Taipei- Taiwan’s Ministry of Justice has asked Hong Kong authorities to keep the main suspect in a gory murder case in Taiwan behind bars and pursue homicide charges against him in the absence of an extradition treaty between the two sides.
Hong Kong resident Chan Tung-kai (???) is currently scheduled to be released from prison on Oct. 23 after his 29-month sentence for stealing from his late 20-year-old girlfriend surnamed Poon was cut short due to a plea bargain.
With Chan soon to be released, the Justice Ministry urged Hong Kong in a statement Thursday to go a step further by keeping Chan in jail and pursue charges against him for Poon’s murder in Taiwan in February 2018.
It argued that Hong Kong has jurisdiction over the case given that both the defendant and the victim are Hong Kong citizens and pledged to “provide relevant evidence collected in Taiwan on the basis of equality, dignity and reciprocity,” according to the statement.
Describing the murder Chan allegedly committed as a “crime under universal jurisdiction” that can be tried anywhere, the ministry urged Hong Kong law-enforcement authorities to “continue their investigation in the case to bring justice to the victim and her family.”
Chan, who was 19 at the time of the murder, is suspected of murdering Poon when the two were traveling together in Taiwan in February 2018.
Poon’s body was found in a suitcase dumped in a field near a subway station in New Taipei, and Chan has since been listed as a wanted suspect by Taipei district prosecutors.
Chan returned to Hong Kong before police in Taiwan had a chance to investigate the crime. Once Taiwanese authorities suspected Chan, they initially hoped Hong Kong would return him to Taiwan to face a trial.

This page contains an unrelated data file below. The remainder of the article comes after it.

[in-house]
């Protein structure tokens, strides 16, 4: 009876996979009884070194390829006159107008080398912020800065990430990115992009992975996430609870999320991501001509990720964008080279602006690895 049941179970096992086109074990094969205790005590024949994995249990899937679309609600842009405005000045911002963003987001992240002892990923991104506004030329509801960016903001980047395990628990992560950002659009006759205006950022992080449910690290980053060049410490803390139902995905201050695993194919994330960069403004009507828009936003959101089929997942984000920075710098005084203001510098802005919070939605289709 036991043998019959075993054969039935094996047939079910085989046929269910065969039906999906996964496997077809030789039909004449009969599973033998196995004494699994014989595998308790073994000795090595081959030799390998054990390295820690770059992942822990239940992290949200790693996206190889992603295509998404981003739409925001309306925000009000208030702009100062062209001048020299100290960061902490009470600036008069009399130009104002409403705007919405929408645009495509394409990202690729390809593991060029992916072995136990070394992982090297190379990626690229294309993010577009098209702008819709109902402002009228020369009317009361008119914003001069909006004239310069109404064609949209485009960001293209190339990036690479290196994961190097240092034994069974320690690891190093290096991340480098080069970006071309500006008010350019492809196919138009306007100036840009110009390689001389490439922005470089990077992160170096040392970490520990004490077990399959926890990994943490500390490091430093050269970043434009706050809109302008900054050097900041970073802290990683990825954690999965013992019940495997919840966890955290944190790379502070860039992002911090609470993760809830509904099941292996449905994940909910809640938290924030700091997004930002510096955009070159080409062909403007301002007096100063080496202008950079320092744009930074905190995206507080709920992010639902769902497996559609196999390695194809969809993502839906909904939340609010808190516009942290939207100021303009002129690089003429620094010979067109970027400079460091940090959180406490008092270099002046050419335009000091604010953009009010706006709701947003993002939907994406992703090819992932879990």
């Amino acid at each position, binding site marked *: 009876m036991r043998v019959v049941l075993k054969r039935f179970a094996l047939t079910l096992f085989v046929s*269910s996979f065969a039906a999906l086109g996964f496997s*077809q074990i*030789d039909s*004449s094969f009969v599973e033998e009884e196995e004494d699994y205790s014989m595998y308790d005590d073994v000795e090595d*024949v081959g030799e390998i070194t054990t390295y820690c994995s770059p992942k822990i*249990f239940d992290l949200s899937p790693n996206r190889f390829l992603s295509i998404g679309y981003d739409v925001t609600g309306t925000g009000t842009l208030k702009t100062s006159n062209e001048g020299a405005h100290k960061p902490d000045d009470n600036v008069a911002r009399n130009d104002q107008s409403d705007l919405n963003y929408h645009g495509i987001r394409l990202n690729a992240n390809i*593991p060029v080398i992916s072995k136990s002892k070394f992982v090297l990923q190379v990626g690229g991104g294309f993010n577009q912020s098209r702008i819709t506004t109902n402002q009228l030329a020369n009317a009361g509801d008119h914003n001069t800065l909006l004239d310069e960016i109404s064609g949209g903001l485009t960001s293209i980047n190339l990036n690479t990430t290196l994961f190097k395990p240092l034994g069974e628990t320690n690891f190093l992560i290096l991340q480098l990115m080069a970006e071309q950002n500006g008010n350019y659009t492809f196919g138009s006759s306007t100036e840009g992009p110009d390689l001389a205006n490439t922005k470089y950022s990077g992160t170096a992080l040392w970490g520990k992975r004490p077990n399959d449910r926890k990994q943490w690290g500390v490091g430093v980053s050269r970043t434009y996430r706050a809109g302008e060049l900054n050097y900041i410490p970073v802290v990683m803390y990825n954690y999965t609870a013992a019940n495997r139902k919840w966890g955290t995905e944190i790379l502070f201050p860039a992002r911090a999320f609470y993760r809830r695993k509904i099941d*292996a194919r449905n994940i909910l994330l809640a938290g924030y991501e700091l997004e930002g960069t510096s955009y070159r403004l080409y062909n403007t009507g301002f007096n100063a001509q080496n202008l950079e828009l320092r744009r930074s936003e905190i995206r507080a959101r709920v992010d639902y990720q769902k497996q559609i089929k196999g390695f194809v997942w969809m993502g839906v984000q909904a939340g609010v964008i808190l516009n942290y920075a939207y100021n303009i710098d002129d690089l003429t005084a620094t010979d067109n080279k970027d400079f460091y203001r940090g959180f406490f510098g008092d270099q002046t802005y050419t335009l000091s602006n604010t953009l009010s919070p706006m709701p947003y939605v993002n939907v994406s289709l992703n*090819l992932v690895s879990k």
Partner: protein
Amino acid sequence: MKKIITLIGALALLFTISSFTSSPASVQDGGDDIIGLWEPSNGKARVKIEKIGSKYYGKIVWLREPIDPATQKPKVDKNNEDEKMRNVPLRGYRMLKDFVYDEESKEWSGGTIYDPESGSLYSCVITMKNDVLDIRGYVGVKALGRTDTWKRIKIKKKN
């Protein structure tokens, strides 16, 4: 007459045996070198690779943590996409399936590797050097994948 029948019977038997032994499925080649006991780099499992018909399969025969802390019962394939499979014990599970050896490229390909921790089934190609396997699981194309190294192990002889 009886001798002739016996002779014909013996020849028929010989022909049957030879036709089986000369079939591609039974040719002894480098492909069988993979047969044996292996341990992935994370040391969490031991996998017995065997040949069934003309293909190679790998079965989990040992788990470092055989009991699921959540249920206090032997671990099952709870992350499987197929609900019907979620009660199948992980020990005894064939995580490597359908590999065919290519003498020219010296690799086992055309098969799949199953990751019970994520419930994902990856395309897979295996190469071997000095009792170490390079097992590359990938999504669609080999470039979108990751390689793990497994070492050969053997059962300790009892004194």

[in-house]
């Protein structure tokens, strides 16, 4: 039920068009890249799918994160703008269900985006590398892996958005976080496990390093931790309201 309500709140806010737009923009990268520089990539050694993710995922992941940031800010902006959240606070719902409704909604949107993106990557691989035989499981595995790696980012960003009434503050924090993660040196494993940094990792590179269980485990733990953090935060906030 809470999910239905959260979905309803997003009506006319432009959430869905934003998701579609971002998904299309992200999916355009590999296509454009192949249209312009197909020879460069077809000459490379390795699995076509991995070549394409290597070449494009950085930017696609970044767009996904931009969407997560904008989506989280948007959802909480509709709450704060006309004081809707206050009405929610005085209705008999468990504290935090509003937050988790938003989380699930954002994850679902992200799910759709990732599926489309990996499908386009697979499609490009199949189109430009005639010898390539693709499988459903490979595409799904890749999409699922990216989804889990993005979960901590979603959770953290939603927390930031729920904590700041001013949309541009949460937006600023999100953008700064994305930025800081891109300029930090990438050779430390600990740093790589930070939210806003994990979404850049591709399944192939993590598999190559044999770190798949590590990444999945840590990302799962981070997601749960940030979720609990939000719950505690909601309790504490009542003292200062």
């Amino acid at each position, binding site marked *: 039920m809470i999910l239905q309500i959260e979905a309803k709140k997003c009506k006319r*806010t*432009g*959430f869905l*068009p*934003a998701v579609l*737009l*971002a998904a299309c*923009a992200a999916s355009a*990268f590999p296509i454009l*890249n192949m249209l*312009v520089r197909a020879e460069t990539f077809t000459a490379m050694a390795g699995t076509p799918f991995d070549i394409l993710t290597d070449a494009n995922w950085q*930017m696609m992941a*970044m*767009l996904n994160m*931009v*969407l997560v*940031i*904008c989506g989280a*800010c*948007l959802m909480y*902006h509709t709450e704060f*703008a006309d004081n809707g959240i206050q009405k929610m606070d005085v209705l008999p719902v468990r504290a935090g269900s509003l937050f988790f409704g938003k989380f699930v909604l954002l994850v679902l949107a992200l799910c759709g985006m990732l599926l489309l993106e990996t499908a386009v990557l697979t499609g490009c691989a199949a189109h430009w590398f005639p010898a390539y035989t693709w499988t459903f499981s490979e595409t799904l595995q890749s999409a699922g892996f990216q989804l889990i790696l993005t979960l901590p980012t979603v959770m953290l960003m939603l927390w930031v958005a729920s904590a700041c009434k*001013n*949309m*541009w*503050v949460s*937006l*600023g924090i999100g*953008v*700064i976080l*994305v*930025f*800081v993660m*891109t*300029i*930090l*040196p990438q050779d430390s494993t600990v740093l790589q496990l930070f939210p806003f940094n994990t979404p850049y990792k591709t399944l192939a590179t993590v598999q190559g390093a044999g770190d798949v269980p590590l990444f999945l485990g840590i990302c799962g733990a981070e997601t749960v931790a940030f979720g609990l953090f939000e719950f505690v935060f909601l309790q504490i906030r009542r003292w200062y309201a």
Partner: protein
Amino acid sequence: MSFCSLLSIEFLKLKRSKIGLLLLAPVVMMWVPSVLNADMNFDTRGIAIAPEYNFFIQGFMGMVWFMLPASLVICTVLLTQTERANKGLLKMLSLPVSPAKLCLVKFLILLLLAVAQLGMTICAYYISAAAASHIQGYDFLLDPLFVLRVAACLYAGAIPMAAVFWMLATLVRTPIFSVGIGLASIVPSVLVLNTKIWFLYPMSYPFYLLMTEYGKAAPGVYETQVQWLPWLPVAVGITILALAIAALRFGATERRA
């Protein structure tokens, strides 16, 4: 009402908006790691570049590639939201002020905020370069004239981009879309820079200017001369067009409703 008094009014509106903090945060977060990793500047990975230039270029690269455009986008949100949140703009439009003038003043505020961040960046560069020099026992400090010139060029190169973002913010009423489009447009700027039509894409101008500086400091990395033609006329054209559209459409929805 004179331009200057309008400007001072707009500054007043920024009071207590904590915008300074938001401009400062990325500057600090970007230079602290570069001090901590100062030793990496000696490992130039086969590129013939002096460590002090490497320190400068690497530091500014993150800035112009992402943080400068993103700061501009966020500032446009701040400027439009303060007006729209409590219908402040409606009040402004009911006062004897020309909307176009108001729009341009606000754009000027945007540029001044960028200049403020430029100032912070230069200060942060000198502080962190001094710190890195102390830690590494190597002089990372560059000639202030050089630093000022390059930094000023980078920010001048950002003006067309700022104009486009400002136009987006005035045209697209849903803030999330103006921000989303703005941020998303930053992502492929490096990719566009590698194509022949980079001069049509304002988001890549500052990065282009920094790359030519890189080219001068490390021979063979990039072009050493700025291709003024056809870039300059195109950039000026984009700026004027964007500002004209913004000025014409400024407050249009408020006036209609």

That was not possible, however, because of the lack of an extradition treaty between Taiwan and Hong Kong.
Back home, however, Chan was arrested on March 13, 2018 for stealing Poon’s belongings, including a bank card that led to his 29-month sentence which has since been shortened.
A new twist in the case emerged Friday when Hong Kong-based Sing Tao Daily reported that Chan was willing to travel to Taiwan and turn himself in, citing unnamed sources who said the young man was persuaded by a chaplain to make the decision.
Rev. Canon Peter Douglas Koon (???) of the Hong Kong Anglican Church confirmed Chan’s decision, and said the young man has commissioned Taiwanese lawyers to help him with the matter.
Koon told CNA that he has paid several visits to Chan in prison over the past six months and that Chan has confessed to him that he regrets what he has done.
He also said Chan would apologize to the victim’s family while confessing that killing his girlfriend was not something he wanted to do.
“People can make mistakes,” said Koon, expressing hope that there’s a chance for Chan to start a new life.
The Justice Ministry issued another statement Friday in response to the report in which it simply reiterated its position on the case.
The case provided an excuse for Hong Kong authorities to propose an extradition bill that would allow them to extradite criminal suspects to China, Taiwan and Macau.
The bill sparked massive protests starting in early June that continue to this day because of fears it could threaten the human rights of Hong Kong residents and people passing through Hong Kong by subjecting them to China’s arbitrary judicial system.
Hong Kong Chief Executive Carrie Lam withdrew the bill as the protesters had demanded in early September, but by that time the protest movement had escalated into a massive civil movement calling for true democracy in the special region of China.
Source: Focus Taiwan News Channel